Connecting Ponte Santa Trinita to Piazza degli Antinori, Via Tournabuoni is the high fashion epicenter of Florence. In centuries past, this is where Roman walls and palazzos once stood. Today rows upon rows of designer storefronts do instead. Gucci, Prada, Pucci, Cartier, and Bulgari all have a home on Via Tournabuoni, as does the Museo Ferragamo, a fashion museum dedicated to the life and work of the Italian shoe designer Salvatore Ferragamo. 

For Tuscan Food Staples: Mercato di Sant’Ambrogio

Located on Piazza Lorenzo Ghiberti on the east side of the city, Mercato di Sant’Ambrogio is where you can mix and mingle with locals as you shop for Tuscan food staples like olive oil, wine, jam, honey, cheese, pasta, cured meats, and more. It’s open every morning from 7 a.m. to 2 p.m. We recommend doing your shopping first and then snagging a seat at Trattoria da Rocco inside the market for lunch, a reputable spot for an inexpensive and traditional feast made with the produce sold on-site.

For Artisan Goods: Oltrarno

Artisans and independent workshops abound in Oltrarno, the neighborhood just across the River Arno from Florence’s historic center. Oltrarno has a long history of craftmaking that dates back to the Middle Ages. Today, there’s a new wave of skilled makers keeping the artistic spirit and Florentine traditions alive in mediums that range from leather to paper, ceramics, linen, and costume jewelry. Some of the boutiques and workshops to get you going are Oro e Colorefor gilded and painted works of art, Il Torchio for traditional paper marbling and bookbinding, Madova for exquisite leather gloves, Angela Caputi or Nokike Atelier for fashion and jewelry, and Arte Decorativa di Simone Fiordelisi for gorgeous Florentine mosaics and marble inlays. 

Things to Do in Florence

Visit the City’s Gardens & Galleries

Florence is the birthplace of the Renaissance and nowhere is it more apparent than inside its gardens and galleries. From the sweet-scented paths of the BardiniBoboli, and Rose Garden to the glorious galleries of Uffizi and dell’Accademia, soak in the history and homage to a bygone era. All the recognizable names, from the Medicis to Botticelli, Michelangelo, da Vinci, Galileo, and Donatello suddenly take on new life as you come face-to-face with the works their revered minds and hands put together centuries ago.

Make Your Own Perfume

Florence is the capital of perfume and you’ll spot perfumeries and apothecaries all over town, many of them still looking and feeling like the 13th-century origins they come from. Officina Profumo Farmaceutica di Santa Maria Novella is the most famous and one of the first to appear in the city back in 1211. If you’d like to do more than shop and sniff, you can also craft your own scent with the help of a master perfumer. These perfume-making workshops can be found at perfumeries all over town, but Antica Spezieria Erboristeria San Simone’s is one we can personally vouch for. Many of them will keep your recipe safe for when your handcrafted potion runs out.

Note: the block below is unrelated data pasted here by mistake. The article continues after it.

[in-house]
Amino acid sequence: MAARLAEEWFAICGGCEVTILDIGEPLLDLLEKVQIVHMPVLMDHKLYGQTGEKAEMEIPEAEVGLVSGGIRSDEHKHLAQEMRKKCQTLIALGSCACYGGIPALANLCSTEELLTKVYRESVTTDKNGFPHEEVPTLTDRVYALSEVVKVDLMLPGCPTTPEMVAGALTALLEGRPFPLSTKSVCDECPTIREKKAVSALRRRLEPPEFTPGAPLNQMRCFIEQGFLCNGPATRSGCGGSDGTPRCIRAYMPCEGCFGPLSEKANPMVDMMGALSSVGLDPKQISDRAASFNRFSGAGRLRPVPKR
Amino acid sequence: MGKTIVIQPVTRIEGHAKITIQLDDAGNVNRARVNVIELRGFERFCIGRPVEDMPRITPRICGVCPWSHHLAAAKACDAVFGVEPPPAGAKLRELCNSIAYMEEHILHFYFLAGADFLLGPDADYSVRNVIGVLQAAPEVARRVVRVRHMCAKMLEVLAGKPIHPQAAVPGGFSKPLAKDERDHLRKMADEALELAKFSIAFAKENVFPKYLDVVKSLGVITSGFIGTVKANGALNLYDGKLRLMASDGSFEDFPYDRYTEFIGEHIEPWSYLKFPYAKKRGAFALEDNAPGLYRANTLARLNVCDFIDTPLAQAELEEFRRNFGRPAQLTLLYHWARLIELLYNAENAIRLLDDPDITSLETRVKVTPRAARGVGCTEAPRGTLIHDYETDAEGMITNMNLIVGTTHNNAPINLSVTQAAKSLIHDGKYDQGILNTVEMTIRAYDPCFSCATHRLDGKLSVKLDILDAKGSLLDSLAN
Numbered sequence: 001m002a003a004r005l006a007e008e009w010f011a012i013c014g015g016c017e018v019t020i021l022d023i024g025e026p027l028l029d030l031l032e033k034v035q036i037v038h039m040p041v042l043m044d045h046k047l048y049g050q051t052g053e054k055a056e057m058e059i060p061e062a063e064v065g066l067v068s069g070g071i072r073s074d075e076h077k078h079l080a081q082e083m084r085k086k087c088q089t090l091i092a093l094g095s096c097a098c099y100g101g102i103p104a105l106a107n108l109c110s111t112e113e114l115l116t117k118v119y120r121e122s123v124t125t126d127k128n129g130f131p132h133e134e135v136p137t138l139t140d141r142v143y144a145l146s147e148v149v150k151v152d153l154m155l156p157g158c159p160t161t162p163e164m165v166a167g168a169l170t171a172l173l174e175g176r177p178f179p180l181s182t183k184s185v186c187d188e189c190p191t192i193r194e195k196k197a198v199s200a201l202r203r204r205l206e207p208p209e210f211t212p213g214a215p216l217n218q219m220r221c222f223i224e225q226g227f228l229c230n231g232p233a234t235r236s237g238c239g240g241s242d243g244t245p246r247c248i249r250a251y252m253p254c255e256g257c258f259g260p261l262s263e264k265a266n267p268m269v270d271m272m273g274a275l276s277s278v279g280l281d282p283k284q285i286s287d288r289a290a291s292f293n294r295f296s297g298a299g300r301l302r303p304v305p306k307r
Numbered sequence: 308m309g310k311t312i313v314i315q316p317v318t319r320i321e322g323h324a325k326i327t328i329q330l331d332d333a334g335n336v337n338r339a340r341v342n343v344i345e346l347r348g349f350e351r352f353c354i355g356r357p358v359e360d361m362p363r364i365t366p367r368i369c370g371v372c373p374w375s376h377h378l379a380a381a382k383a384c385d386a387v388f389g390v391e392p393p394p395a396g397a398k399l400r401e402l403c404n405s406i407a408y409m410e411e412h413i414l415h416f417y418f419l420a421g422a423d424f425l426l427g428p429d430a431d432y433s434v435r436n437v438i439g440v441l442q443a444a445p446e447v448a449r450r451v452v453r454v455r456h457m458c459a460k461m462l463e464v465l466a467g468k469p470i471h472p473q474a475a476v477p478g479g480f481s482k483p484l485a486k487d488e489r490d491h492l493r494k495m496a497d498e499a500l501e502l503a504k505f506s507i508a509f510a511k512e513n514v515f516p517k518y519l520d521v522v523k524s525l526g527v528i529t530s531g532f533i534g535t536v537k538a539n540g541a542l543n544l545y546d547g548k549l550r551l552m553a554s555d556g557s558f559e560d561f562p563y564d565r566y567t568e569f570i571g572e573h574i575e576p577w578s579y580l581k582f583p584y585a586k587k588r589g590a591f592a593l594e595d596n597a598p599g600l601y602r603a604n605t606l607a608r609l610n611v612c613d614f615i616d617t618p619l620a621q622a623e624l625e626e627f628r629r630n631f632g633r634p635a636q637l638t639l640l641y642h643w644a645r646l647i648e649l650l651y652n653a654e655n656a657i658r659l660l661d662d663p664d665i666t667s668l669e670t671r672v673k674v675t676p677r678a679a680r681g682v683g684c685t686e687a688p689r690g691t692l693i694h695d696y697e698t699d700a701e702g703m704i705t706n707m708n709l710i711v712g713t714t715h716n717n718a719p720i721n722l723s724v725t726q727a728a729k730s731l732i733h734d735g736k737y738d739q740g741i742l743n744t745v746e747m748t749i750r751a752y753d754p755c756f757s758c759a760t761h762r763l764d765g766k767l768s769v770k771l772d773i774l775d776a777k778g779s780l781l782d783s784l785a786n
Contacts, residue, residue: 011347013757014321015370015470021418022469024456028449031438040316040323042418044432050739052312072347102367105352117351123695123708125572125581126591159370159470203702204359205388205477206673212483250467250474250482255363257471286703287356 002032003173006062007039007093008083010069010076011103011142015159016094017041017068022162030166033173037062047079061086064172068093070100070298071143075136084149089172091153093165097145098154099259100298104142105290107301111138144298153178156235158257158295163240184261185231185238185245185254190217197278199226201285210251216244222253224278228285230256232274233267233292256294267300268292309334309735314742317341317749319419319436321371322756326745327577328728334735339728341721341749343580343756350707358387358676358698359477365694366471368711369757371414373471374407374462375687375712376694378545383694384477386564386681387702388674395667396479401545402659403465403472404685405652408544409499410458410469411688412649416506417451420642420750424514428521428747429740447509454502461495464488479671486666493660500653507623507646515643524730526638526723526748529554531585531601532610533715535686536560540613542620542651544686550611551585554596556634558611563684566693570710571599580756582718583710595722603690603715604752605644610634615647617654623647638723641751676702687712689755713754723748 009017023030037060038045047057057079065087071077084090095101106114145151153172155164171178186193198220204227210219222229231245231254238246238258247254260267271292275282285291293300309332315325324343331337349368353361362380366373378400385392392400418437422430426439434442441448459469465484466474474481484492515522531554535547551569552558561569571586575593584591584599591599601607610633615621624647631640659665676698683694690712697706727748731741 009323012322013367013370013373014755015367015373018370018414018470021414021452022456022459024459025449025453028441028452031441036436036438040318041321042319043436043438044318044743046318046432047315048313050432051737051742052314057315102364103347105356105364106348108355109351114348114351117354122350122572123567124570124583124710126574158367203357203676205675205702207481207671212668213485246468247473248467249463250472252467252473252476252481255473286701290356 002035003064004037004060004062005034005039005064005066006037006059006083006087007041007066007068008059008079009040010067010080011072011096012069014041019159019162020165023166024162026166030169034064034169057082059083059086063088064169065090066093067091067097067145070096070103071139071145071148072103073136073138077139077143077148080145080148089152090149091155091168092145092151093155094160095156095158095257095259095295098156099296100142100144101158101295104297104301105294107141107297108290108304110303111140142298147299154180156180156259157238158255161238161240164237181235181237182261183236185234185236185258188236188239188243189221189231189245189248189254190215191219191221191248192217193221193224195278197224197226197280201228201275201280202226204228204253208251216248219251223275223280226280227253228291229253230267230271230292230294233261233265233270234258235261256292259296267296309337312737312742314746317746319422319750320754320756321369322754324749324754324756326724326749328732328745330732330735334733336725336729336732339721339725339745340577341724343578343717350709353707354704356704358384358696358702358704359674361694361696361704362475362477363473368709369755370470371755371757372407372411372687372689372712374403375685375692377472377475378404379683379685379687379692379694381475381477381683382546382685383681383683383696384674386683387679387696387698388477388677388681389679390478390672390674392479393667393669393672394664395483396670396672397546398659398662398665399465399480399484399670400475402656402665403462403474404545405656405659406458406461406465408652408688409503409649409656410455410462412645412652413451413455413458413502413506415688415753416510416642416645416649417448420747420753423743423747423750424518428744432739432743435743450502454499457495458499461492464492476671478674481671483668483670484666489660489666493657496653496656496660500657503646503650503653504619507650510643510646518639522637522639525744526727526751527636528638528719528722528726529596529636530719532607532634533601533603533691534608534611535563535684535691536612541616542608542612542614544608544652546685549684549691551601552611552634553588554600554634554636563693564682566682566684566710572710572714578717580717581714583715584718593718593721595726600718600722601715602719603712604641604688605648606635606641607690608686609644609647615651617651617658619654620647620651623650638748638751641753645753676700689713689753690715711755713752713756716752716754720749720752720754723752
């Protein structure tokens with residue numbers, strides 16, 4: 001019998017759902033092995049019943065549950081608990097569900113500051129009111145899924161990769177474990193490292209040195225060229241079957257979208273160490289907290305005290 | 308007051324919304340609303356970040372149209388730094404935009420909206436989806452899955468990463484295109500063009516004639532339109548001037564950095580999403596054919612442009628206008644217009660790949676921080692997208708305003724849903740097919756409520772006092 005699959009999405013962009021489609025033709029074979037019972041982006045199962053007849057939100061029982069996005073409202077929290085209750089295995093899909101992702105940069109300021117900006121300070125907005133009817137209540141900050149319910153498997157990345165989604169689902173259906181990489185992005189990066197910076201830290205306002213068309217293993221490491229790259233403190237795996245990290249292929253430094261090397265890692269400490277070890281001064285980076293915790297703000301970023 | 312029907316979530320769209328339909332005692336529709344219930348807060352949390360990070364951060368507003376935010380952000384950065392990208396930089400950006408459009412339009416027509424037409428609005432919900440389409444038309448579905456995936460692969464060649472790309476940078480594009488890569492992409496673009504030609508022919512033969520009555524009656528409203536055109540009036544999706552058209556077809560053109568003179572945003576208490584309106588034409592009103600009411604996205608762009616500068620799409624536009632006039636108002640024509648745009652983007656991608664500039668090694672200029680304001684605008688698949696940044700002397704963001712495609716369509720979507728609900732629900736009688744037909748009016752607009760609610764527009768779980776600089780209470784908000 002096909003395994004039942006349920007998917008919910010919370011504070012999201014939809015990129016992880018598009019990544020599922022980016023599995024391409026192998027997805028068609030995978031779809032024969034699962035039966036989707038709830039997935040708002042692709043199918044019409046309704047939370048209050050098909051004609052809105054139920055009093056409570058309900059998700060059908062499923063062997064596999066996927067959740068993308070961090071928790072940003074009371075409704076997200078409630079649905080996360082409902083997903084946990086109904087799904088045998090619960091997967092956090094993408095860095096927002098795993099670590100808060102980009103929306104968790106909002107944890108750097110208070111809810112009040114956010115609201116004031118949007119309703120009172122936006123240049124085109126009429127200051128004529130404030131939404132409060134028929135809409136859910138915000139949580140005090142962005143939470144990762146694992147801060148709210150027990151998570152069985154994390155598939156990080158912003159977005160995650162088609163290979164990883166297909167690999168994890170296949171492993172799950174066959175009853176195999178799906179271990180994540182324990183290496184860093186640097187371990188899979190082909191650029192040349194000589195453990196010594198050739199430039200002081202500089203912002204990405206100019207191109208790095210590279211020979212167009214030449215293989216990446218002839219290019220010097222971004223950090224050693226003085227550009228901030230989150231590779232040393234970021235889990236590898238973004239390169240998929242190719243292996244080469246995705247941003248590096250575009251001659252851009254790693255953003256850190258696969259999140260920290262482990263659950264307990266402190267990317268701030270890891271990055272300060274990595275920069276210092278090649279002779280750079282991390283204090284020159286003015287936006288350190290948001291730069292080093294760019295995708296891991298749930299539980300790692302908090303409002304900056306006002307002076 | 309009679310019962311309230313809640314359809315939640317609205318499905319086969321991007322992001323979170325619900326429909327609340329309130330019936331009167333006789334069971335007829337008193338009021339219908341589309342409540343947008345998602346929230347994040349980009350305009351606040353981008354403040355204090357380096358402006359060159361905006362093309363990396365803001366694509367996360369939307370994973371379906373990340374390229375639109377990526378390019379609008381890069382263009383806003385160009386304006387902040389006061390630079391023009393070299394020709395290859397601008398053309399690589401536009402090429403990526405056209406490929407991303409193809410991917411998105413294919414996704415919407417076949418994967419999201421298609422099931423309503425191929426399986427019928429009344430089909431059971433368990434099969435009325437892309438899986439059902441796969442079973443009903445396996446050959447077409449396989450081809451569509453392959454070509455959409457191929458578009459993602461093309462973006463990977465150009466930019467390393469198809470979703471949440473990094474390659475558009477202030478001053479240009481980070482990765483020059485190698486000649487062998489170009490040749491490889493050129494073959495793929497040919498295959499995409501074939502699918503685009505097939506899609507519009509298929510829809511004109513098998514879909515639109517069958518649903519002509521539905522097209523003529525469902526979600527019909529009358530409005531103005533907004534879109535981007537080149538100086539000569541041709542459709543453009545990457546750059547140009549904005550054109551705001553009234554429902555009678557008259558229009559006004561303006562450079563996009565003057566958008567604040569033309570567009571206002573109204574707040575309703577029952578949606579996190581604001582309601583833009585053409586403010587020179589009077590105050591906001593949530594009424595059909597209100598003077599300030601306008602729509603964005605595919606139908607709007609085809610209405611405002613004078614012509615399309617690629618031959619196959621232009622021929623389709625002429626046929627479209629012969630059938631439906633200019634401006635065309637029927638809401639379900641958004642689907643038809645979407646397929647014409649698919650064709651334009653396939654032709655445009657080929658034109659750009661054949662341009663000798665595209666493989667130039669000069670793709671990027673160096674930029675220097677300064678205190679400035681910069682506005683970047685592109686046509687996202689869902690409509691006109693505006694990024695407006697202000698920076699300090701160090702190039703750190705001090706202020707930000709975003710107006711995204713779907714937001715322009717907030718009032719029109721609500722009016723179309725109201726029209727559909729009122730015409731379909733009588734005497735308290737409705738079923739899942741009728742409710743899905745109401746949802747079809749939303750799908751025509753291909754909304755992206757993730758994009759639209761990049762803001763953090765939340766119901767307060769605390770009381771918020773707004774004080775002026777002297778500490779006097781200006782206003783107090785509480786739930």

Taste and Tour the Tuscan Vineyards 

No trip to Tuscany is complete without a visit to the vineyard-coated hillsides, glass of Chianti Classico or Brunello di Montalcino swirling in your glass. Many of the vineyards within a short drive of Florence offer guided tours and wine and food pairings at their historic cellars and vineyards. A few spots to check out: Biondi Santi Tenuta GreppoCastello di VerrazzanoCastello di Ama, and Badia a Coltibuono. It’s the perfect half-day activity to link up with a visit to storybook and scenic cities like Siena, Lucca, and Pisa.  

Order a Glass of Wine Through a Window

Since the 16th century in Florence, many a bottle of vino has been passed through what’s called a wine window, or buchette del vino in Italian. These arched and doored cutouts in the stucco began popping up in the city when Cosimo de’ Medici, the ruler at the time, decided local wine growers could sell their wine directly to consumers tax-free and without a proper restaurant or bar to do so. While many of Florence’s former functioning wine windows have been filled in by bricks or covered with wood, about 150 still remain operational. Babae in Oltrarno is one of the most famous, but we recommend simply ordering a glass at whichever buchette you bump into first. You’ll know you’ve found one that’s operational by the animated and eager lines out front, an open door with a bell inside to ring, or with a simple knock on the closed wood door to see if you get an answer.